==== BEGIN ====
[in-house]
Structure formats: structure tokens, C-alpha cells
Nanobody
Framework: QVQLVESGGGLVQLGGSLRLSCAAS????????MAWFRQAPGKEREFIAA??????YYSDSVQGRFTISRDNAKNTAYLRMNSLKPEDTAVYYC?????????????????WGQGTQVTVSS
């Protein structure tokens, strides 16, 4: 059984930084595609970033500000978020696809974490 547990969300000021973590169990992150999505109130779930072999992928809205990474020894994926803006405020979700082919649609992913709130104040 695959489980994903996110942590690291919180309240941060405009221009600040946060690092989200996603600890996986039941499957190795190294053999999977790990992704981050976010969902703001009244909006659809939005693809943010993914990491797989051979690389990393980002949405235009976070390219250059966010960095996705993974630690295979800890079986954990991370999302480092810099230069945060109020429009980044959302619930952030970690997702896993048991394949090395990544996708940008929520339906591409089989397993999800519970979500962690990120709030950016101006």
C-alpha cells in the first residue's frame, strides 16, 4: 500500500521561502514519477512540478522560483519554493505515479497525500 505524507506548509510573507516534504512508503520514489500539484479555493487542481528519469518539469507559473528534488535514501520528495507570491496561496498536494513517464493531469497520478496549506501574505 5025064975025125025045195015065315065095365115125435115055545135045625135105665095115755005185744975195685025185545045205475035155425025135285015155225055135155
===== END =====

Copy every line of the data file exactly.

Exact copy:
[in-house]
Structure formats: structure tokens, C-alpha cells
Nanobody
Framework: QVQLVESGGGLVQLGGSLRLSCAAS????????MAWFRQAPGKEREFIAA??????YYSDSVQGRFTISRDNAKNTAYLRMNSLKPEDTAVYYC?????????????????WGQGTQVTVSS
């Protein structure tokens, strides 16, 4: 059984930084595609970033500000978020696809974490 547990969300000021973590169990992150999505109130779930072999992928809205990474020894994926803006405020979700082919649609992913709130104040 695959489980994903996110942590690291919180309240941060405009221009600040946060690092989200996603600890996986039941499957190795190294053999999977790990992704981050976010969902703001009244909006659809939005693809943010993914990491797989051979690389990393980002949405235009976070390219250059966010960095996705993974630690295979800890079986954990991370999302480092810099230069945060109020429009980044959302619930952030970690997702896993048991394949090395990544996708940008929520339906591409089989397993999800519970979500962690990120709030950016101006």
C-alpha cells in the first residue's frame, strides 16, 4: 500500500521561502514519477512540478522560483519554493505515479497525500 505524507506548509510573507516534504512508503520514489500539484479555493487542481528519469518539469507559473528534488535514501520528495507570491496561496498536494513517464493531469497520478496549506501574505 5025064975025125025045195015065315065095365115125435115055545135045625135105665095115755005185744975195685025185545045205475035155425025135285015155225055135155